In 2001 Norwegian Lebensborn children sued the Norwegian government – ignoring them over the years was seen as a violation of human rights. The prosecutors demanded up to two million kroner for each case – a slight reward for a lost childhood, a lost life. The case was rejected on the grounds of invalidity. I remain interested in the state of their minds, how has the bitterness affected them on a day-to-day basis, both mothers and children, with neither group having a place in the world.

War is not just about fighting and scoring victories. It is about people on all sides of the operation. There are no winners; we are all losers in the long run. It alters us.

When my own children started school, I went to teacher training college. Once qualified I taught for several years, with one year being seconded to London University for the postgraduate Diploma in Child Development. I had to visit many schools and at one primary school met representatives of the then Word Blind Society. It was the forerunner of all the dyslexia associations and was largely organised and run by eminent psychologists: Professor Tim Miles, Beve Hornsby, Sandya Naidoo and many others. These meetings introduced to me the subject that was to dominate a large part of my life – dyslexia. Our son was assessed as dyslexic and, at the age of 41, so was my husband. I watched their behaviours and the area of their struggles and the lack of support at schools and in the workplace. I helped to instigate the ‘dyslexia movement’ in this country – teachers, psychologists and neurologists working together with parents in the Staines area to form the first Dyslexia Association. I became an Affiliate Member of the BPS. Later I applied for Chartered status, and then became an Associate Fellow. I have worked with psychologists and psychology throughout my career. I still do.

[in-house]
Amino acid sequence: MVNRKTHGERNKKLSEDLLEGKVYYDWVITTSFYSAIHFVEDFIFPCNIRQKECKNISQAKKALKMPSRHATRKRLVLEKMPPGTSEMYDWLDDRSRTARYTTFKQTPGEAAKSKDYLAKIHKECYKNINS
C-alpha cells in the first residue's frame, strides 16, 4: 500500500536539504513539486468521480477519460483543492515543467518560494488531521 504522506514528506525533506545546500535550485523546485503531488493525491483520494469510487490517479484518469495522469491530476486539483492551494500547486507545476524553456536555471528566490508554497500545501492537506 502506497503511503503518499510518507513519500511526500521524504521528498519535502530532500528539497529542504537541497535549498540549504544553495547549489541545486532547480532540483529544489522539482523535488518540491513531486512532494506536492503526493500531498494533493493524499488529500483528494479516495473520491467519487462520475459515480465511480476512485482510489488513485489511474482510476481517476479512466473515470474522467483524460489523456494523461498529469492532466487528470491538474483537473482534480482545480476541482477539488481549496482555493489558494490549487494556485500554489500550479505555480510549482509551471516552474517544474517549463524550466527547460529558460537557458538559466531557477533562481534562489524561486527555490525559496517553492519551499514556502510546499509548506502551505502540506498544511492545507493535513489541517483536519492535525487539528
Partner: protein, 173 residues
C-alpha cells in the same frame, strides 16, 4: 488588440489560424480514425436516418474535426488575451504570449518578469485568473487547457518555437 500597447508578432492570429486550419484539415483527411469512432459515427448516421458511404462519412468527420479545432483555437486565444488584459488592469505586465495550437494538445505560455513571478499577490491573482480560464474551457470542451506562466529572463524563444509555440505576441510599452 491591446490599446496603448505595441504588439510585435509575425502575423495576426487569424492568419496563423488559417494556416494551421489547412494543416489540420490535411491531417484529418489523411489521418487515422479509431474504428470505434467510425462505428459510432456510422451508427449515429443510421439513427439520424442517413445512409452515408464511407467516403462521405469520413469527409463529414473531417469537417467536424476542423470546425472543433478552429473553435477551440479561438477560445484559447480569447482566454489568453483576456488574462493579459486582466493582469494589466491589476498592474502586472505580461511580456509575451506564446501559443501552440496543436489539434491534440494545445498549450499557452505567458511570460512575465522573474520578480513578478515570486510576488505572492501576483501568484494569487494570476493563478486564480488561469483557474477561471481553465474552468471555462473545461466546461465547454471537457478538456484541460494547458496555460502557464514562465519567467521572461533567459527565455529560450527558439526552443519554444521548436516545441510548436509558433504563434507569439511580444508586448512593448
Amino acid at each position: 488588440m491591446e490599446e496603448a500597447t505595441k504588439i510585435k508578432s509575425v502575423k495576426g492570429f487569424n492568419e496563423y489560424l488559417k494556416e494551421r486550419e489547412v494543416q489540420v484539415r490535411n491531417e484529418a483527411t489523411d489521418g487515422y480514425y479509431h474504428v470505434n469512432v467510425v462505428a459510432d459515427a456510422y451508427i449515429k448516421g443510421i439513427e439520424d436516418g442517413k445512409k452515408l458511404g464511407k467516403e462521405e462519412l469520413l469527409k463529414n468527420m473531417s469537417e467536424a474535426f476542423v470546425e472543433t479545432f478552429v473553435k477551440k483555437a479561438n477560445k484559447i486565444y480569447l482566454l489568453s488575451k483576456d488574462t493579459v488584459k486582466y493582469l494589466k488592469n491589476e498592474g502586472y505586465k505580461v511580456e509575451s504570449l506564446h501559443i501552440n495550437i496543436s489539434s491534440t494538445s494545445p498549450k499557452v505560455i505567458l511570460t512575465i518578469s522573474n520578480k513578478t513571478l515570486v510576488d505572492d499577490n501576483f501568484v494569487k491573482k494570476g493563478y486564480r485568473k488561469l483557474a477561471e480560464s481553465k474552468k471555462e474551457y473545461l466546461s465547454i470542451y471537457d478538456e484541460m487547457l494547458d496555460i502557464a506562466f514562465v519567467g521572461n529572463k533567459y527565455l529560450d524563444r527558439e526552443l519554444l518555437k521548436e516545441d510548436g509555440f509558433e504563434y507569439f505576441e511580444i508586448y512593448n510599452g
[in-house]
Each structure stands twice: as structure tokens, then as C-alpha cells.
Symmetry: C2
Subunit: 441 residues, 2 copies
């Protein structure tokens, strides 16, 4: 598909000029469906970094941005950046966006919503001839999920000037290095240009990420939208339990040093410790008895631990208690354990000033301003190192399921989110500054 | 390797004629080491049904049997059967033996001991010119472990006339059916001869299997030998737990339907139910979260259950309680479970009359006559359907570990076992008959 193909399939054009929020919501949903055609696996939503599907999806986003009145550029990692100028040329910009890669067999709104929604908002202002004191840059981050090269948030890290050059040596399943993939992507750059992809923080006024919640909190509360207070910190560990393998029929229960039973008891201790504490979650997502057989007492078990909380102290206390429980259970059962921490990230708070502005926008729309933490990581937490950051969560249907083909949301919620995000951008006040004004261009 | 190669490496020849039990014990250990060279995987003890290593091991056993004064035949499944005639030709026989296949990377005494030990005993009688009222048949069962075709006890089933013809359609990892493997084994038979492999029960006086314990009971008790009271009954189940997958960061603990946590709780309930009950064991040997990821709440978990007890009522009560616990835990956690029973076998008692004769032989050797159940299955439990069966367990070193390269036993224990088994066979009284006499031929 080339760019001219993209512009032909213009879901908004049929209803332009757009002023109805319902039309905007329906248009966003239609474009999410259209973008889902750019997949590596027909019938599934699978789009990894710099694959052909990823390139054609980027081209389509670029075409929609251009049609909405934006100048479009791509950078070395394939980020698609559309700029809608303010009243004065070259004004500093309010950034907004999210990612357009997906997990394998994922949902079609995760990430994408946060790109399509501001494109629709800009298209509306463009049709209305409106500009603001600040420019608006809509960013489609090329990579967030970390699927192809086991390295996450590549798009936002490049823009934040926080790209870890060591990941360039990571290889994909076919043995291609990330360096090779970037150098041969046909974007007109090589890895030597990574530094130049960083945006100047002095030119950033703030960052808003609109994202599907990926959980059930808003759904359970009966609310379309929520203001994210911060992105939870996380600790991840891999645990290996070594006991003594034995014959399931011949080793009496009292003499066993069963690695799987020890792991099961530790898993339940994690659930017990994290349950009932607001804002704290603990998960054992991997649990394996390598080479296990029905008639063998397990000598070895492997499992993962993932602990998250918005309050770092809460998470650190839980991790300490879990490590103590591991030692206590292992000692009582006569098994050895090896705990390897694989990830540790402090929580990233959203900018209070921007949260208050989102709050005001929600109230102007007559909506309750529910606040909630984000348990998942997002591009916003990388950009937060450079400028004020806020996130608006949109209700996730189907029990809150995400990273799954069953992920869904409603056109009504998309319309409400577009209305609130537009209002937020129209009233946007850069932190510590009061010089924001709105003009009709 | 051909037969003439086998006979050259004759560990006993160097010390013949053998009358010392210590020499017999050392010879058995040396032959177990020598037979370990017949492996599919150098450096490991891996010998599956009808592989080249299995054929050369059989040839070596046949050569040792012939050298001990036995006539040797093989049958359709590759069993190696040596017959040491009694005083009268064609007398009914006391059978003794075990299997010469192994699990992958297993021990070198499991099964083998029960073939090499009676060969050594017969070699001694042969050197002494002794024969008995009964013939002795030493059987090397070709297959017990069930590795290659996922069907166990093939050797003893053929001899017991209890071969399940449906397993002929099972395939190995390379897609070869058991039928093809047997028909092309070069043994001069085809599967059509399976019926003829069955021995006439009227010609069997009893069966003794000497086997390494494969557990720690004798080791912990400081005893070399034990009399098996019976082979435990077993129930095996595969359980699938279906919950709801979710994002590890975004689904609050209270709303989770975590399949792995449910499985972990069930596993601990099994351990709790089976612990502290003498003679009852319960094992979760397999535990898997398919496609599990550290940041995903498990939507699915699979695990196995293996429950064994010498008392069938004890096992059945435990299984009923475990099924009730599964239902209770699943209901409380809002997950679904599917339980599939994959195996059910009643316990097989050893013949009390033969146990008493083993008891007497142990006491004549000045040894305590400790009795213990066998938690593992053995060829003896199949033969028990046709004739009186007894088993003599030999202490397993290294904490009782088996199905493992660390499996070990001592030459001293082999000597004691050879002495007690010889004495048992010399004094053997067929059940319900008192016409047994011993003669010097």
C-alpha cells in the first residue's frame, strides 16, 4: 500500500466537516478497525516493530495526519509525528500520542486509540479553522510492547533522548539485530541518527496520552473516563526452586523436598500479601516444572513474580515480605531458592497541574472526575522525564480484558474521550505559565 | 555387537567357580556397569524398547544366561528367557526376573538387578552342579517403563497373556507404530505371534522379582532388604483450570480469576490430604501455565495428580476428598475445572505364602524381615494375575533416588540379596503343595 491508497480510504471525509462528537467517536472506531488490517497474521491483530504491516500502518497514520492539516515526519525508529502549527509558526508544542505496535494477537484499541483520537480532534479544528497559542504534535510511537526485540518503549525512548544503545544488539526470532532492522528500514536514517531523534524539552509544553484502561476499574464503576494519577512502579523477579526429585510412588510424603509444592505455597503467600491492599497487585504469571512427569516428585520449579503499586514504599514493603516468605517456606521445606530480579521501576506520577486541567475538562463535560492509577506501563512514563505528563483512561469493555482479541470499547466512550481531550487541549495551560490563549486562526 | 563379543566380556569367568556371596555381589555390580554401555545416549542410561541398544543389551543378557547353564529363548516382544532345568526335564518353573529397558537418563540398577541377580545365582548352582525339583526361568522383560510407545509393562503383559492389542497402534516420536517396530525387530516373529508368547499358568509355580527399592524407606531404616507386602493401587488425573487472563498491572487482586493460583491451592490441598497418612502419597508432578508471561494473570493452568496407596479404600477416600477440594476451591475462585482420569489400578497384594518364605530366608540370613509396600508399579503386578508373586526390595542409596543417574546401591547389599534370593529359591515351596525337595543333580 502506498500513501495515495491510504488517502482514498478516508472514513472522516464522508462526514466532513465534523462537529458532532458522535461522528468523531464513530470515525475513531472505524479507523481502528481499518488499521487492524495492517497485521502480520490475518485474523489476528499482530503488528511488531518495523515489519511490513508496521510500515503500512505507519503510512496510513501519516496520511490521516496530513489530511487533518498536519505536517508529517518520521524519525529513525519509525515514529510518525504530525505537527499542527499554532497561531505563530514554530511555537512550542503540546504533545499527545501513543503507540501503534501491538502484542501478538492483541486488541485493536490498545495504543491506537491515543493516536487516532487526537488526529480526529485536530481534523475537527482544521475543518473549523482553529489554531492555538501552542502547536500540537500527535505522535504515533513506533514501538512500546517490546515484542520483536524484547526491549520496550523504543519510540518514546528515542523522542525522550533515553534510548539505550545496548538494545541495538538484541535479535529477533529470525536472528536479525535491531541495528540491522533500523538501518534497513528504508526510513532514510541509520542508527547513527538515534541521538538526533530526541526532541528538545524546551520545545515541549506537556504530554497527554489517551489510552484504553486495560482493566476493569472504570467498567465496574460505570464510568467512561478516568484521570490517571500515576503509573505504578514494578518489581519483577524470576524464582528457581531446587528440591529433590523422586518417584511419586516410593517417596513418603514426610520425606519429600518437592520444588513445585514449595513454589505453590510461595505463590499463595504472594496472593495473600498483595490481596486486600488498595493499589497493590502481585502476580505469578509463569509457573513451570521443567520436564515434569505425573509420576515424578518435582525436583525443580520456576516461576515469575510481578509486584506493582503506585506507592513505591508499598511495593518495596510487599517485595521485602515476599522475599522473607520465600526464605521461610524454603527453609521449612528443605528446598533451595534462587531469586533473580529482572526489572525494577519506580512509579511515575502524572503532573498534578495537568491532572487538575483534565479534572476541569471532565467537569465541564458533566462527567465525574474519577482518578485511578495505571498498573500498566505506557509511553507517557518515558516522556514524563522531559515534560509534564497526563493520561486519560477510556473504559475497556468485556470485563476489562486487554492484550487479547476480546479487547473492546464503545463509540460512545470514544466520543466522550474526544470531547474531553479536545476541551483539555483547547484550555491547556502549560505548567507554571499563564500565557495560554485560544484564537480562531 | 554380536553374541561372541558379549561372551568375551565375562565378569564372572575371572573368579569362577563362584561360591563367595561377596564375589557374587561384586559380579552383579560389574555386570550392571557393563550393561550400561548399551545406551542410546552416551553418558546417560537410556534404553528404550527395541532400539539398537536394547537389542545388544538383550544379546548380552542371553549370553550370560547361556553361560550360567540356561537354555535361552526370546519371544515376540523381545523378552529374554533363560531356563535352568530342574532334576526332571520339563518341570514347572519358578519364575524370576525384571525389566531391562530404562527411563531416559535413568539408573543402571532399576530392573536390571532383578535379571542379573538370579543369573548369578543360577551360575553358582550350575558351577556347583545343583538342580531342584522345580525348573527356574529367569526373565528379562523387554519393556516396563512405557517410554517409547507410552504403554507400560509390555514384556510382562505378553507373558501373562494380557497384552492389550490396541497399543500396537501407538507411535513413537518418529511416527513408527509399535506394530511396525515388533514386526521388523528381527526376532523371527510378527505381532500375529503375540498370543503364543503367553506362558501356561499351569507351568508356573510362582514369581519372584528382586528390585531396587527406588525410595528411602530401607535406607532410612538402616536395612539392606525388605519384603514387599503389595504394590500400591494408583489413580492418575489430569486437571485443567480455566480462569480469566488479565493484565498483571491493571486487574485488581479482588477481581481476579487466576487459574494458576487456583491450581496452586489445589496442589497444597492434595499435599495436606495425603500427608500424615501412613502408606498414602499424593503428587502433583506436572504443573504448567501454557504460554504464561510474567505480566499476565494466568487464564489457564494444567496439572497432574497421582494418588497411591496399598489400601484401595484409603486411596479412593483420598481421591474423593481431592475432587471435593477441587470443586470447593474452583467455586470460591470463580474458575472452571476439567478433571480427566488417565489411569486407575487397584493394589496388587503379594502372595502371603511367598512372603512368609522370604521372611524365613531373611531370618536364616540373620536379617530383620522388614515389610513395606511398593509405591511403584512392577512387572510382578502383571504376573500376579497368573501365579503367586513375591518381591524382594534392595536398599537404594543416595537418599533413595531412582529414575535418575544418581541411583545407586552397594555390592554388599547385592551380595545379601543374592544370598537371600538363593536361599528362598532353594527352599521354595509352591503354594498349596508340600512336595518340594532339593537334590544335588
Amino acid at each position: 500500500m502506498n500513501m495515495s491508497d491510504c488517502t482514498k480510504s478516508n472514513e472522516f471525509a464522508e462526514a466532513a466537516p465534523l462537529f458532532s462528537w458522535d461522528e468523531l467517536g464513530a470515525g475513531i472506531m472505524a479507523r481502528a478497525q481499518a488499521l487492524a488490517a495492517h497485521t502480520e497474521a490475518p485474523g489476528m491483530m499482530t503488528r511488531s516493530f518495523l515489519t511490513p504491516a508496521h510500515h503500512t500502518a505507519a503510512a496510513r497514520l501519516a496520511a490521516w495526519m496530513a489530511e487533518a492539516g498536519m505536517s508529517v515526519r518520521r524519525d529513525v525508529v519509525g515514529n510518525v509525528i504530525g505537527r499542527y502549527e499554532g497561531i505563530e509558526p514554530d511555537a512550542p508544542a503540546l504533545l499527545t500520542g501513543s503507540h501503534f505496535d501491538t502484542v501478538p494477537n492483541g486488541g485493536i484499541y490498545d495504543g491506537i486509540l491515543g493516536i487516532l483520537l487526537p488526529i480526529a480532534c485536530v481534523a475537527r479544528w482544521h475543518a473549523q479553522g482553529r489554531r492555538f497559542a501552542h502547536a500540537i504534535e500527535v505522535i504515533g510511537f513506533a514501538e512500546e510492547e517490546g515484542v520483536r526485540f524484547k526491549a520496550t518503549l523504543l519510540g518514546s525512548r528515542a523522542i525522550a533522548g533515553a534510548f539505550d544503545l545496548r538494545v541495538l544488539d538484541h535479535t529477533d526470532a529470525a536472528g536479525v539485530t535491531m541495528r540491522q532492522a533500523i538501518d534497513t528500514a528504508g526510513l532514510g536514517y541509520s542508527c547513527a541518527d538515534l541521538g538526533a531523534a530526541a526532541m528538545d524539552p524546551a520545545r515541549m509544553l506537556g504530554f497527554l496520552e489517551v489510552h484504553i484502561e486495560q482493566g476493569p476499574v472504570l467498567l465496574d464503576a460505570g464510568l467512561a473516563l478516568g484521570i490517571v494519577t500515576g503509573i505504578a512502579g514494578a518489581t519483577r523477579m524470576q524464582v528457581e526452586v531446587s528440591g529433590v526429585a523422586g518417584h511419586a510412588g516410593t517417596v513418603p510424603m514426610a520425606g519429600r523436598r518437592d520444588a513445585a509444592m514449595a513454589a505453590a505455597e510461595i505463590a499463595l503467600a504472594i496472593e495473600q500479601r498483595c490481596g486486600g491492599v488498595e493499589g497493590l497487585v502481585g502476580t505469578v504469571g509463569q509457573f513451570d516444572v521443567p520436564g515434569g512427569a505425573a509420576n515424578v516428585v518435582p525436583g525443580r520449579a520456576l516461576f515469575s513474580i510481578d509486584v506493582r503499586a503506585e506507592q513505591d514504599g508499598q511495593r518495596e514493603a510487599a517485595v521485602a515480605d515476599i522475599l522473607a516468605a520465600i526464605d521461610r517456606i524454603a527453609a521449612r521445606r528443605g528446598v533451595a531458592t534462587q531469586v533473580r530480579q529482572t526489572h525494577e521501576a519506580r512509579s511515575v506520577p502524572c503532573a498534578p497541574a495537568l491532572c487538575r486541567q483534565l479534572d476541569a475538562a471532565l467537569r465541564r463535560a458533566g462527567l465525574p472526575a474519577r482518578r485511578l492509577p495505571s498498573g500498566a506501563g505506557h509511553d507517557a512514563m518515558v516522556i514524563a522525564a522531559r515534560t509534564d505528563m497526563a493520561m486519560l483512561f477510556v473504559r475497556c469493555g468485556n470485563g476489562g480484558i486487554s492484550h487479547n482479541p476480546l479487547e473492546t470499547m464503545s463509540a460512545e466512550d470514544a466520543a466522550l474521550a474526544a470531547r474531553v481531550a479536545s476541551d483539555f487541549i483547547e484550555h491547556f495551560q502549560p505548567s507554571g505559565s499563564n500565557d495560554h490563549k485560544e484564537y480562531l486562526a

When I became a headteacher, I began the constant battle to convey to teachers, parents, the local education authorities and the government that dyslexia was a great deal more than a literacy difficulty. I fight for their ‘rights’ and to encourage strengths as well as accepting weaknesses. My ‘mantra’ has always been diversity, flexibility, positive differences, creativity, imagination and intuitiveness. It is diverse brains and the consequent breadth of talents and abilities that are pivotal to our future. Producing ‘clones’ that think alike, learn and ingest and produce the same material, as seems to be the aim of our present educational systems, is not the way forward. We all have much to offer, given the chance.